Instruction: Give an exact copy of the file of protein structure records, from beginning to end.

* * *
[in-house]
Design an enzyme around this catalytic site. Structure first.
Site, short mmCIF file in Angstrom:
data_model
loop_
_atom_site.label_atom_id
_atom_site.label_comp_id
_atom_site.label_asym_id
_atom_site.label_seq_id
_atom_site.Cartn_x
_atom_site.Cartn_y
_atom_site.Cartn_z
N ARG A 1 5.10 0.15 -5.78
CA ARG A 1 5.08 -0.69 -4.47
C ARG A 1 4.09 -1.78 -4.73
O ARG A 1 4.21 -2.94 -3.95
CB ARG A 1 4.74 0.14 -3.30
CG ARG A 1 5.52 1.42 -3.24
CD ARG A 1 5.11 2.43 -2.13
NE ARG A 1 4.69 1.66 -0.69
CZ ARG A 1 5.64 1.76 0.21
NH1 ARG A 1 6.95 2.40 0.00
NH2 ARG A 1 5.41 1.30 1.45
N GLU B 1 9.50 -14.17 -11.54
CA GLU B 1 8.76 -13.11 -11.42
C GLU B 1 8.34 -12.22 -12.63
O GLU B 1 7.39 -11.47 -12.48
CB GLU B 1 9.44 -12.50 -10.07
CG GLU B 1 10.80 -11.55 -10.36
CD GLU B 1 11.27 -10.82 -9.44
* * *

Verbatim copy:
[in-house]
Design an enzyme around this catalytic site. Structure first.
Site, short mmCIF file in Angstrom:
data_model
loop_
_atom_site.label_atom_id
_atom_site.label_comp_id
_atom_site.label_asym_id
_atom_site.label_seq_id
_atom_site.Cartn_x
_atom_site.Cartn_y
_atom_site.Cartn_z
N ARG A 1 5.10 0.15 -5.78
CA ARG A 1 5.08 -0.69 -4.47
C ARG A 1 4.09 -1.78 -4.73
O ARG A 1 4.21 -2.94 -3.95
CB ARG A 1 4.74 0.14 -3.30
CG ARG A 1 5.52 1.42 -3.24
CD ARG A 1 5.11 2.43 -2.13
NE ARG A 1 4.69 1.66 -0.69
CZ ARG A 1 5.64 1.76 0.21
NH1 ARG A 1 6.95 2.40 0.00
NH2 ARG A 1 5.41 1.30 1.45
N GLU B 1 9.50 -14.17 -11.54
CA GLU B 1 8.76 -13.11 -11.42
C GLU B 1 8.34 -12.22 -12.63
O GLU B 1 7.39 -11.47 -12.48
CB GLU B 1 9.44 -12.50 -10.07
CG GLU B 1 10.80 -11.55 -10.36
CD GLU B 1 11.27 -10.82 -9.44